Home » Maximizing performance in practical HPC applications – HT15

Maximizing performance in practical HPC applications

General aims of the course

The aim of the course is two-fold:
– to give a basic understanding of how to use scientific libraries and their high performance features for efficient large scale scientific computations, and
– to raise the awareness regarding modern language constructs and code organization techniques that help improve efficiency and maintainability for scientific codebases.

Description

This course showcases techniques, libraries, and tools than can be used to leverage higher performance from modern computer architectures beyond what is easily available through scripted environments for fast prototyping (such as R, Matlab, and Python). In the course, we emphasize two aspects of using HPC platforms for large scale numerical simulations:
(i) provide experience in using available well-established software packages for large scale scientific computations
(ii) demonstrating the ease with which optimized compiled code can be integrated in high-level script-based environments. We explore using modern language facilities and libraries in C++ that make the resulting code more clear, more safe, with higher developer productivity, than what is generally associated with traditional low-level development.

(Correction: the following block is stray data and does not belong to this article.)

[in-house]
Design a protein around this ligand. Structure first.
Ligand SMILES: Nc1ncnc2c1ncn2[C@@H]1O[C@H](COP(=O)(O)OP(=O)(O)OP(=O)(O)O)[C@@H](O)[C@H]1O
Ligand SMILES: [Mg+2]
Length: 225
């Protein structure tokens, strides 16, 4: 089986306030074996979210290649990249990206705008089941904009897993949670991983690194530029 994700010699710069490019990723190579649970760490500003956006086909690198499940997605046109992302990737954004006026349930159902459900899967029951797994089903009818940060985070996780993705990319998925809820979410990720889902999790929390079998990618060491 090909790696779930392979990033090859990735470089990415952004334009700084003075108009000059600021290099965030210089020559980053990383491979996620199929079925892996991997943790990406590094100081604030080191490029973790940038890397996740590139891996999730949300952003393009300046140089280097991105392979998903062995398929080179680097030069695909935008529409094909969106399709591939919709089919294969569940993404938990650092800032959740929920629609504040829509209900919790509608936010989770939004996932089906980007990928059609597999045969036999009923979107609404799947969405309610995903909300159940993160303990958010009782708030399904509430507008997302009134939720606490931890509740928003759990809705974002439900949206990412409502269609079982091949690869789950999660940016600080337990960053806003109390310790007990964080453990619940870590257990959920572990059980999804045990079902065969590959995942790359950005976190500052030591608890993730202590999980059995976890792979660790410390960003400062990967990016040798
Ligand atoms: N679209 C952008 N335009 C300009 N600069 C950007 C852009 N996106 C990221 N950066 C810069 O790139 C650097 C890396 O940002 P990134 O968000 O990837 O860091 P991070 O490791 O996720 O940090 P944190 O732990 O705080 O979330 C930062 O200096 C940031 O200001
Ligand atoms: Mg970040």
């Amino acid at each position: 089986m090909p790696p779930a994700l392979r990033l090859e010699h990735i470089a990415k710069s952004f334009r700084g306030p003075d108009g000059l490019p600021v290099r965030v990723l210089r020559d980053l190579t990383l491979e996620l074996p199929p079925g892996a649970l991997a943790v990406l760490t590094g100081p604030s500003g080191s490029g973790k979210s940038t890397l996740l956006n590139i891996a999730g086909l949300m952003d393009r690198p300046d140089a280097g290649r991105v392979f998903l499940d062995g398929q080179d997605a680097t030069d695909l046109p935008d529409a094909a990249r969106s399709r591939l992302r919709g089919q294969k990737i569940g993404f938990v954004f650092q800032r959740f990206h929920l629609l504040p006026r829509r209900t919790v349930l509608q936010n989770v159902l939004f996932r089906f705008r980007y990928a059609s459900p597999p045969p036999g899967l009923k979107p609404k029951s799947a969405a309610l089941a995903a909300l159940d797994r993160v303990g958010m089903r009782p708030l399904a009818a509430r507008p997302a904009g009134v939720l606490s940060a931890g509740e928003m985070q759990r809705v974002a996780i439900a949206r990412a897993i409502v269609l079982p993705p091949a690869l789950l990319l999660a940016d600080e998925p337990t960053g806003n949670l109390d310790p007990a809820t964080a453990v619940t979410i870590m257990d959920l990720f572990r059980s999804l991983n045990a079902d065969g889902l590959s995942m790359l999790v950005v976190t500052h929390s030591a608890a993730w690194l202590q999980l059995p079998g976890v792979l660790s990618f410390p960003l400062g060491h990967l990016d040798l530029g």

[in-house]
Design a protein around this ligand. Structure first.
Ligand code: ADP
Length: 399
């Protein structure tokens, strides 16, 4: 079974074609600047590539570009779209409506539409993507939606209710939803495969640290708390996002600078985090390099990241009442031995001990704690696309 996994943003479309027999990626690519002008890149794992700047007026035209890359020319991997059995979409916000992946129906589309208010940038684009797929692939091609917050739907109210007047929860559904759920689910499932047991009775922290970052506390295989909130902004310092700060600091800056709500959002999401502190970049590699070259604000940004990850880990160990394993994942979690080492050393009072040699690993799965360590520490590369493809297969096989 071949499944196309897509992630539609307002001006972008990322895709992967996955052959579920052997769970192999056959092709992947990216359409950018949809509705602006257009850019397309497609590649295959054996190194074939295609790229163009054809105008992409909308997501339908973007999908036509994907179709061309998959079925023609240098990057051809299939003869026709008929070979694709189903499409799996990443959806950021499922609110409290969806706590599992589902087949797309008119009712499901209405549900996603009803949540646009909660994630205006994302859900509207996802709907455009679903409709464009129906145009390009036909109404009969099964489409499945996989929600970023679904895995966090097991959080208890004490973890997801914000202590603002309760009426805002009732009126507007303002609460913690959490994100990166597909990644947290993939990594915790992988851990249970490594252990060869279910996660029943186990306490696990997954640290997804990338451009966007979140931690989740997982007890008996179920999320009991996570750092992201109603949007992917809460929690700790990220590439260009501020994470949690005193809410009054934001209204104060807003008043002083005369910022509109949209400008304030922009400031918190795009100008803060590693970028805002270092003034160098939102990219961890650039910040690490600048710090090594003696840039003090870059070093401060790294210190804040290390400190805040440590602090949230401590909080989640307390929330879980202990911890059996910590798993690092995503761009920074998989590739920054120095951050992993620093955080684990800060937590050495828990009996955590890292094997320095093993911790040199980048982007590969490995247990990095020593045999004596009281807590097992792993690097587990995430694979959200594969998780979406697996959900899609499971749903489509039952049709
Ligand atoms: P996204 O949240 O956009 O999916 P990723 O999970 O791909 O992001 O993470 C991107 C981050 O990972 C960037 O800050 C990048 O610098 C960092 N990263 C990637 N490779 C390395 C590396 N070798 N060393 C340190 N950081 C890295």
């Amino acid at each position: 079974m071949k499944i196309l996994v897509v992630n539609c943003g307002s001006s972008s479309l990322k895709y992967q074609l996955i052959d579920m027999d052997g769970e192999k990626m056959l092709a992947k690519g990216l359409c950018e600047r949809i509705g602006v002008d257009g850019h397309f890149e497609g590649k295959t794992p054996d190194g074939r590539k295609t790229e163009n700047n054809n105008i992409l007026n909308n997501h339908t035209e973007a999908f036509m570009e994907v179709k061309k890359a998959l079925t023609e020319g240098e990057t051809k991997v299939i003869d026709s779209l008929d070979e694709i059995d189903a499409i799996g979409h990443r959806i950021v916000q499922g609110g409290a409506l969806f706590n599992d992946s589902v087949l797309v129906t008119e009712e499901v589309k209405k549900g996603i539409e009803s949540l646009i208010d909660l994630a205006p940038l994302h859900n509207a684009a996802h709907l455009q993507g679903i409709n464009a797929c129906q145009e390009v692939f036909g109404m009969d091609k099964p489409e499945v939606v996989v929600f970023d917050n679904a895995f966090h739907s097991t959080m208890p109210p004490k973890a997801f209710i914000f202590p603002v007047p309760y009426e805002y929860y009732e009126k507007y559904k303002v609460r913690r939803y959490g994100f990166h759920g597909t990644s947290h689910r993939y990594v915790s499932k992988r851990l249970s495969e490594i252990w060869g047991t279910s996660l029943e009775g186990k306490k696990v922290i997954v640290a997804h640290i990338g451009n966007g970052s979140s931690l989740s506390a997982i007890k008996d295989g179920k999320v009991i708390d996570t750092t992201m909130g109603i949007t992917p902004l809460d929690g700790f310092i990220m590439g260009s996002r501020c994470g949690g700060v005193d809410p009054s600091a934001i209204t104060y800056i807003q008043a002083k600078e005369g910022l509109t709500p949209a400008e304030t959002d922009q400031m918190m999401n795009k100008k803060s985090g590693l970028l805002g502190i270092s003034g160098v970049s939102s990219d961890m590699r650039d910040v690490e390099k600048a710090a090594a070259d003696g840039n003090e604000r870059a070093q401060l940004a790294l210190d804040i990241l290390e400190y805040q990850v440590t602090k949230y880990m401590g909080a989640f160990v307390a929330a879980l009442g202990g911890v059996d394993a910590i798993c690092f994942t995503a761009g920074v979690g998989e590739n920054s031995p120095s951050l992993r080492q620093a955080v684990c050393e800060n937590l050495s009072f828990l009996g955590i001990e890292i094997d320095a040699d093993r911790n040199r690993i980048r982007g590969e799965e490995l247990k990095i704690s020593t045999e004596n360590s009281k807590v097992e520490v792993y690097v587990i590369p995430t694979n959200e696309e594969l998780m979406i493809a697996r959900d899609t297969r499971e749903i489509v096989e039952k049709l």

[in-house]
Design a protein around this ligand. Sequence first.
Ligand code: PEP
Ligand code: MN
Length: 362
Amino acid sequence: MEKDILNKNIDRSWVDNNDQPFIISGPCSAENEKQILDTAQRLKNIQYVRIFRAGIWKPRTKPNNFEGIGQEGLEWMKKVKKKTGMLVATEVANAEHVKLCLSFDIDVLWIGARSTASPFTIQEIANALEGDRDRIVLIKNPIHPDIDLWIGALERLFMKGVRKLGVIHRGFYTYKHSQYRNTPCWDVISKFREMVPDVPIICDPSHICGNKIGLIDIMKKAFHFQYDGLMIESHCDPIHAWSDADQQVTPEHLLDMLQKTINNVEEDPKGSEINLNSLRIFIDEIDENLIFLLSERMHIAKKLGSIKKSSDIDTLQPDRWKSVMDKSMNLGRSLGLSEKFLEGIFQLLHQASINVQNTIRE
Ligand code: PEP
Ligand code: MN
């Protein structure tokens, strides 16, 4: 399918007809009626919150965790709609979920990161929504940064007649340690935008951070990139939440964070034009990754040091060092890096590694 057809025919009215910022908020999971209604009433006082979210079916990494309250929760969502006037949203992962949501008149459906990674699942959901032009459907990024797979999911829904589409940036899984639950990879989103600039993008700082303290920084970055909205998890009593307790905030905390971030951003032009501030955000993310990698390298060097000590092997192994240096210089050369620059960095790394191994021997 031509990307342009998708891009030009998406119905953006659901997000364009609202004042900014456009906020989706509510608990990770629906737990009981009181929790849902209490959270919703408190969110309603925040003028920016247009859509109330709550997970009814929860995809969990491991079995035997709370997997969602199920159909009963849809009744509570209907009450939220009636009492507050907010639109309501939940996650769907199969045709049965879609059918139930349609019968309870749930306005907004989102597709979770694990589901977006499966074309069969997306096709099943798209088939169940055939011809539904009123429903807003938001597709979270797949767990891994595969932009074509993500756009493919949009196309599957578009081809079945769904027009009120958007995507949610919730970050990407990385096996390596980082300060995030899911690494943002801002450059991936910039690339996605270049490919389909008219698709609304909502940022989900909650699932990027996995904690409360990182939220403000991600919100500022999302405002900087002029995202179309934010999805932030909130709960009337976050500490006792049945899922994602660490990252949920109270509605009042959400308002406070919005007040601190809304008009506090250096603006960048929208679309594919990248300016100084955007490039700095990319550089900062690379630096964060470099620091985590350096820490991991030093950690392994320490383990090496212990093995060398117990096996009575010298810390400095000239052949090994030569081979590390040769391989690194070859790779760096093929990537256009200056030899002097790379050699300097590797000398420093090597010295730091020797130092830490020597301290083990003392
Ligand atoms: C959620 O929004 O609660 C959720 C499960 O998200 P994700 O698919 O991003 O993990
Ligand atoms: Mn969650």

We discuss debuggers, profilers, measuring performance, code analysis for detecting whether it is computation-bound or bandwidth-bound in practice; how to maximize the benefits of the compiler optimizer, regarding code style and build environment; factors that can confound performance measurements, such as dynamic frequency scaling and simultaneous multithreading.

Course Schedule

  • Week 47: Nov 16-20 Preparation, self-reading
  • Week 48: Nov 23-27 Lectures in Uppsala
  • Week 49: Nov 30-Dec 3 Project work

Detailed Schedule external

Prerequisites

The course assumes familiarity with C, and requires scientific computing experience in C, Matlab, or Python. The main language of the course is C++. The course participants are expected to have used linear algebra computations in these environments extensively, from a practical and theoretical perspective.

Course Literature

The course will be based on material from the documentation of the libraries and on slides and notes to be distributed during the course.

Lecturers

  • Carl Nettelblad
  • Maya Neytcheva
  • Ali Dorostkar

Contact

Maya Neytcheva maya.neytcheva at it.uu.se

Registration

Please apply here before 5th of November